0 & \frac{3}{8} & \frac{1}{4} & 0\\
0 & \frac{1}{4} & \frac{3}{8} & 0\\
0 & 0 & 0 & \frac{1}{8}%
\end{array}
\right) . \label{bike}%
\end{equation}
It is easy to compute the concurrence of this density matrix, because
$\tilde{\rho}$ is the same as $\rho$ itself. The values $\lambda_{i}$ in this
case are the eigenvalues of $\rho$, which are $\frac{5}{8},\frac{1}%
{8},\frac{1}{8},\frac{1}{8}$. The concurrence is therefore $C=\frac{5}%
{8}-\frac{1}{8}-\frac{1}{8}-\frac{1}{8}=\frac{1}{4}$. This same value of the
concurrence applies to any other pair of neighboring qubits in the string
because of the translational invariance. The fact that the concurrence is
non-zero implies that neighboring qubits are entangled, so that the state $w$
is indeed an entangled chain. For uniform entangled chains, we will call the
common value of $C$ for neighboring qubits the concurrence of the chain. Thus
in the above example the concurrence of the chain is $\frac{1}{4}$.
As we will see, it is possible to find uniform entangled chains with greater
concurrence. Let $C_{\mathrm{max}}$ be the least upper bound on the
concurrences of all uniform entangled chains. We would like to find this
number. We know that $C_{\mathrm{max}}$ is no larger than 1, since concurrence
never exceeds 1. In fact we can quickly get a somewhat better upper bound,
using the following fact: when a qubit is entangled with each of two other
qubits, the sum of the squares of the two concurrences is less than or equal
to one \cite{Coffman}. In a uniform entangled chain, each qubit must be
equally entangled with its two nearest neighbors; so the concurrence with each
of them cannot exceed $1/\sqrt{2}$. Thus, so far what we know about
$C_{\mathrm{max}}$ is this:
\begin{equation}
1/4 \leq C_{\mathrm{max}} \leq1/\sqrt{2}.
\end{equation}
This is still a wide range. Most of the rest of this paper is devoted to
getting a better fix on $C_{\mathrm{max}}$ by explicitly constructing
entangled chains.
\section{Building chains out of blocks}
Using the above example as a model, we will use the following construction to
generate other uniform entangled chains. (1) Break the string into blocks of
$n$ qubits, and define a state $w_{0}$ in which each block is in the same $n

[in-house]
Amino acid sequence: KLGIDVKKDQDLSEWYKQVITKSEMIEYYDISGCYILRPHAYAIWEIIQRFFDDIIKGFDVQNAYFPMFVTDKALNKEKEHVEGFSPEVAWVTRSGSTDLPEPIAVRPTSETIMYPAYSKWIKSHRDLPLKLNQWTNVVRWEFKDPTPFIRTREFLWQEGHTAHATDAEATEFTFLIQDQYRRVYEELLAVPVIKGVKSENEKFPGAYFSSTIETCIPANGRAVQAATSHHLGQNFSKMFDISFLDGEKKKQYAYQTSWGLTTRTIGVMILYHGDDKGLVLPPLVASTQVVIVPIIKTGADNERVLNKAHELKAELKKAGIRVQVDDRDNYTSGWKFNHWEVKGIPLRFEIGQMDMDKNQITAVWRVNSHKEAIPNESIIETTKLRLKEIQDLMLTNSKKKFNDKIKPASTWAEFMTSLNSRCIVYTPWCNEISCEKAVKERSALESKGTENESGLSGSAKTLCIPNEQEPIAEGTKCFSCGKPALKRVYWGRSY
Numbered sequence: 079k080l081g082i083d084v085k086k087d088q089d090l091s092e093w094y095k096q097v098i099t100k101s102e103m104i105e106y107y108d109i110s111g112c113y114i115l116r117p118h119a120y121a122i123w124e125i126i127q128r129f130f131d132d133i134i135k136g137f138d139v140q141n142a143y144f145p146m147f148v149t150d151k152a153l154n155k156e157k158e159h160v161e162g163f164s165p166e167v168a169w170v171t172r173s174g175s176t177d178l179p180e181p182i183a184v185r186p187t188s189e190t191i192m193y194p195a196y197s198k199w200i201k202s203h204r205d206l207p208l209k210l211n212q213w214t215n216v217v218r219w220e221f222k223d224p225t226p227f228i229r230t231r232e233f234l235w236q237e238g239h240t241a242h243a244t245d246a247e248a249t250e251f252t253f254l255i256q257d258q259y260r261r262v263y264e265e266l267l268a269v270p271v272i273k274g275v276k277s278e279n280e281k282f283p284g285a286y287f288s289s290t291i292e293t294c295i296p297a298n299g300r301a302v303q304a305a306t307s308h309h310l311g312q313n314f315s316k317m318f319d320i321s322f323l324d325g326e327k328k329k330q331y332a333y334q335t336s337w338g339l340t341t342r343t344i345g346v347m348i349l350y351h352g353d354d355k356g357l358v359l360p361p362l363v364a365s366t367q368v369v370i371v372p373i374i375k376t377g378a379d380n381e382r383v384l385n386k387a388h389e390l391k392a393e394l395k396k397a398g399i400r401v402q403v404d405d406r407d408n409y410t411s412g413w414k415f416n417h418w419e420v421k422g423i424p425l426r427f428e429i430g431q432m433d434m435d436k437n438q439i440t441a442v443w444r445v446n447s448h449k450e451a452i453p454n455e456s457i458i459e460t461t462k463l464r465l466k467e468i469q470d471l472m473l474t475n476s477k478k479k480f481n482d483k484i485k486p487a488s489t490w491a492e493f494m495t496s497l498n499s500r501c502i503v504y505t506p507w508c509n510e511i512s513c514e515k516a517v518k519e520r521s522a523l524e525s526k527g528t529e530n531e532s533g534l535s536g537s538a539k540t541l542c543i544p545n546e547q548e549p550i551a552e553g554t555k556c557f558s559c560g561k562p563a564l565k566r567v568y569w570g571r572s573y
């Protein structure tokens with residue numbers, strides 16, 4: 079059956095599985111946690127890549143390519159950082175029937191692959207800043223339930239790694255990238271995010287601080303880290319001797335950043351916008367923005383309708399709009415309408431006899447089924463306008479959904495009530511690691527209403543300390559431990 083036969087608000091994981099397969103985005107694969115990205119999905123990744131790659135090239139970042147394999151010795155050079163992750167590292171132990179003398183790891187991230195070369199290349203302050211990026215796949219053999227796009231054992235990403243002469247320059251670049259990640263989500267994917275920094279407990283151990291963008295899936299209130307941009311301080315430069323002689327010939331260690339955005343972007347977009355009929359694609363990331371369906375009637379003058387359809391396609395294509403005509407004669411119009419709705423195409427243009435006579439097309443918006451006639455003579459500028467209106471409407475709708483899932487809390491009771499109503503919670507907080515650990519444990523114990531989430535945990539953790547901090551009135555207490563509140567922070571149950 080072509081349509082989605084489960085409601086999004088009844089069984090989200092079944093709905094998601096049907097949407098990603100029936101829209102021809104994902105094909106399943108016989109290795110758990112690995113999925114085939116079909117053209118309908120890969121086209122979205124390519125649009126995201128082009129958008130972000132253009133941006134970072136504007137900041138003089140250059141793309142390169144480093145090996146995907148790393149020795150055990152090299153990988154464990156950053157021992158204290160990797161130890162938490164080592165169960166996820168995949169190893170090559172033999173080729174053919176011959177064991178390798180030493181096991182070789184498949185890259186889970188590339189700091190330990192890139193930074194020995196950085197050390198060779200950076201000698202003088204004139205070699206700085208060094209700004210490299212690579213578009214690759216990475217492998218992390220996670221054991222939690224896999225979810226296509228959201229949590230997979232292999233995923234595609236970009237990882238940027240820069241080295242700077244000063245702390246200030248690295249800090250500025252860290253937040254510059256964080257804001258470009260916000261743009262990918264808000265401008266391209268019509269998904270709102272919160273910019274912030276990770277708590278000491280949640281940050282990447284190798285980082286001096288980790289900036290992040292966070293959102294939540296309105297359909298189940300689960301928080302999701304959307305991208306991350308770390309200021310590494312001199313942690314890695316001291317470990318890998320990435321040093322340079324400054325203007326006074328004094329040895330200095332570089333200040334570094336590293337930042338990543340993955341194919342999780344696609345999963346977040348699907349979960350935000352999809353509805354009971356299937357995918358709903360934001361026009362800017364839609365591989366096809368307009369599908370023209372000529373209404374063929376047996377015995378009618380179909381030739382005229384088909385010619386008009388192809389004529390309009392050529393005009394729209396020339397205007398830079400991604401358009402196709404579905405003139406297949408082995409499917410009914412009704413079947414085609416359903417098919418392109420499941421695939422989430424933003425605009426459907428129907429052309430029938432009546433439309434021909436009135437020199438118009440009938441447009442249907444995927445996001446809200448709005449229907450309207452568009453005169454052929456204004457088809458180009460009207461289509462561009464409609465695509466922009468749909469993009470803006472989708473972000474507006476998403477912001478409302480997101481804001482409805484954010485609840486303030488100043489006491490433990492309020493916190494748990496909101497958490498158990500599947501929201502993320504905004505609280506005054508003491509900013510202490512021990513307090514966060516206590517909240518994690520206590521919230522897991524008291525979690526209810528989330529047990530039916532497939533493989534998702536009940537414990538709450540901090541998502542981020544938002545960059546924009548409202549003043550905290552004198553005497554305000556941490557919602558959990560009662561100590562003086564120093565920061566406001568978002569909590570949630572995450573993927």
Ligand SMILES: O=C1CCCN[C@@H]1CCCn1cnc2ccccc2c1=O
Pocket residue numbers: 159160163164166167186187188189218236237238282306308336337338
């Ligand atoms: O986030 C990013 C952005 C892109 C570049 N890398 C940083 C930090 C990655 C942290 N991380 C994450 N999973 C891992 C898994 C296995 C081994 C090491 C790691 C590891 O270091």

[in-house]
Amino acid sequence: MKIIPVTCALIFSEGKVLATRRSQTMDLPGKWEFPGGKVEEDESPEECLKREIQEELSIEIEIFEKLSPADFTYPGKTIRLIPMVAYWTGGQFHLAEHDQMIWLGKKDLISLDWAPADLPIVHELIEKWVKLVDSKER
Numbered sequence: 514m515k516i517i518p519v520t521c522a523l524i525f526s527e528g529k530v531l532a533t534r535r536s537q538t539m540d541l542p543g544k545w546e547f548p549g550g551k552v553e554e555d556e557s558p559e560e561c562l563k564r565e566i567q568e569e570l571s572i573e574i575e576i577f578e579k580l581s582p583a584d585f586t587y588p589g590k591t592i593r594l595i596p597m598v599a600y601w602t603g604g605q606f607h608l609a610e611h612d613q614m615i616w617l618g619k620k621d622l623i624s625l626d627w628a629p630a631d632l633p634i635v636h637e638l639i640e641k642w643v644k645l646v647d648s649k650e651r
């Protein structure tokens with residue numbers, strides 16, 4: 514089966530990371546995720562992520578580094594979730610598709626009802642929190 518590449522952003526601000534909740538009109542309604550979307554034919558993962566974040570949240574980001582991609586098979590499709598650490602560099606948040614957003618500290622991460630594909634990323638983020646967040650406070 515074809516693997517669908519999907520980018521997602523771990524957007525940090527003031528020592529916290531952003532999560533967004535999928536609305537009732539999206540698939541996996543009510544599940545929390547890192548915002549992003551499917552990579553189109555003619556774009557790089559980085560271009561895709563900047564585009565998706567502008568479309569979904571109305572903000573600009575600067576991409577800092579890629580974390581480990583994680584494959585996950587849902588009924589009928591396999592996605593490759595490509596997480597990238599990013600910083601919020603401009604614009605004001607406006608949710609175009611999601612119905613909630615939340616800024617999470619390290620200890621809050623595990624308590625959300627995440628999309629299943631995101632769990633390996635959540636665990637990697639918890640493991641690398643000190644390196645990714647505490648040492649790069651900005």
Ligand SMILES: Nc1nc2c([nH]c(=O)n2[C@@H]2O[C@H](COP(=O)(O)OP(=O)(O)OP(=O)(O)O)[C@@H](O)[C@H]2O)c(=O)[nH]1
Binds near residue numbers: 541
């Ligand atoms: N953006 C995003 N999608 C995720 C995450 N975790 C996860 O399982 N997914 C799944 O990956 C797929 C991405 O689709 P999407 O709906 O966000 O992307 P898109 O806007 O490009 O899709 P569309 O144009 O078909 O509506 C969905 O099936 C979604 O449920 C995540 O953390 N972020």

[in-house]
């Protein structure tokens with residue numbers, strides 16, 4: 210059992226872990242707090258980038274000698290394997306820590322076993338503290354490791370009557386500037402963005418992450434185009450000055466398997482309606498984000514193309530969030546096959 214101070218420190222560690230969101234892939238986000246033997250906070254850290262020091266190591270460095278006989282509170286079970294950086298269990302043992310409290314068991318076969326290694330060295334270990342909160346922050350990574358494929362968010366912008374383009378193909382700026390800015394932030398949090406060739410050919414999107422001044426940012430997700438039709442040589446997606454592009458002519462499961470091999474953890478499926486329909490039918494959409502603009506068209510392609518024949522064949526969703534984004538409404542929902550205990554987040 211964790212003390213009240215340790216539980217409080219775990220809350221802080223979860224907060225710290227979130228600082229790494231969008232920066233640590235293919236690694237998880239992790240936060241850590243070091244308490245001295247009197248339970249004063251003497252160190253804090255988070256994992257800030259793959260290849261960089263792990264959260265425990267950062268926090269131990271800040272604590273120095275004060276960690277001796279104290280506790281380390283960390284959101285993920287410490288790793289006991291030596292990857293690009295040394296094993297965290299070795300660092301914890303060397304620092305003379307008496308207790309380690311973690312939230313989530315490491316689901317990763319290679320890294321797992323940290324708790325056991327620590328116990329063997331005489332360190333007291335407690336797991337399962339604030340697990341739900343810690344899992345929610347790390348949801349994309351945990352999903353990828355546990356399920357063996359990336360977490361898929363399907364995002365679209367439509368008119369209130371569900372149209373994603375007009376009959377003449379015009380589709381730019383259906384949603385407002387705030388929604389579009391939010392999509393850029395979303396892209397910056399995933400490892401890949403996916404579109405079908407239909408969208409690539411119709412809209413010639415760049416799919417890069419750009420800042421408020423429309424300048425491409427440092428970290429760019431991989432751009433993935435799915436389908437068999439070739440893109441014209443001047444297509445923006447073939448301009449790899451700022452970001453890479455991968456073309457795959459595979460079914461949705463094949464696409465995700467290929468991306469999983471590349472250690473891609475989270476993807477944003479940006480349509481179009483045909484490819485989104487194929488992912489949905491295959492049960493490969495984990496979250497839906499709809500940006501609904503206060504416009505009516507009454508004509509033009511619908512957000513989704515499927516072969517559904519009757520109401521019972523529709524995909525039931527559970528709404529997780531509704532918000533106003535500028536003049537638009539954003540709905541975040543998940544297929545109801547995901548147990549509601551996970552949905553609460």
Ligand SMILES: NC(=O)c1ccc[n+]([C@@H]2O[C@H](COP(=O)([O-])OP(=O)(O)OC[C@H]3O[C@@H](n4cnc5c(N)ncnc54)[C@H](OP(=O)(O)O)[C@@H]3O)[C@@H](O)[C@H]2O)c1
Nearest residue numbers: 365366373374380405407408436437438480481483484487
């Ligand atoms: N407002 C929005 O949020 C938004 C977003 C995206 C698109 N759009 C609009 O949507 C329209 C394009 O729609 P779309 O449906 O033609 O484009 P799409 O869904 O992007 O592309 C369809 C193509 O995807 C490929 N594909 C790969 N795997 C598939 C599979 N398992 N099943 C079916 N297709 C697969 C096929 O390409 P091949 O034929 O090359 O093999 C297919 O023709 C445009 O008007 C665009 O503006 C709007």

$-qubit state $|\xi\rangle$; that is, $w_{0}$ is a tensor product of an
infinite number of copies of $|\xi\rangle$. (In the above example $n$ had the
value 2 and $|\xi\rangle$ was the singlet state.) (2) Define $w_{k}$,
$k=1,\ldots,n-1$, to be the state obtained by shifting $w_{0}$ to the left by
$k $ units. (3) Let the final state $w$ be the average $(w_{0}+\cdots
+w_{n-1})/n$. A state generated in this way will automatically be
translationally invariant. In order that the chain have a large concurrence,
we will need to choose the state $|\xi\rangle$ carefully. Finding an optimal
$|\xi\rangle$ and proving that it is optimal may turn out to be a difficult
problem. In this paper I will choose $|\xi\rangle$ according to a strategy
that makes sense and may well be optimal but is not proven to be so.
In the final state $w$, each pair of neighboring qubits has the same density
matrix because of the translational invariance. Our basic strategy for
choosing $|\xi\rangle$, described below, is designed to give this
neighboring-pair density matrix the following form:
\begin{equation}
\rho=\left(
\begin{array}
[c]{cccc}%
\rho_{11} & 0 & 0 & 0\\
0 & \rho_{22} & \rho_{23} & 0\\
0 & \rho_{32} & \rho_{33} & 0\\
0 & 0 & 0 & 0
\end{array}
\right) . \label{form}%
\end{equation}
(The ordering of the four basis states is the one given above: $|00\rangle
,|01\rangle,|10\rangle,|11\rangle$.) One can show that the concurrence of such
a density matrix is simply
\begin{equation}
C=2\big| \rho_{23}\big| . \label{simpleconc}%
\end{equation}
Besides making the concurrence easy to compute, the form (\ref{form}) seems a
reasonable goal because it picks out a specific kind of entanglement, namely,
a coherent superposition of $|01\rangle$ and $|10\rangle$, and limits the ways
in which this entanglement can be contaminated or diluted by being mixed with
other states. In particular, the form (\ref{form}) does not allow
contamination by an orthogonal entangled state of the form $\alpha
|00\rangle+\beta|11\rangle$---orthogonal entangled states when mixed together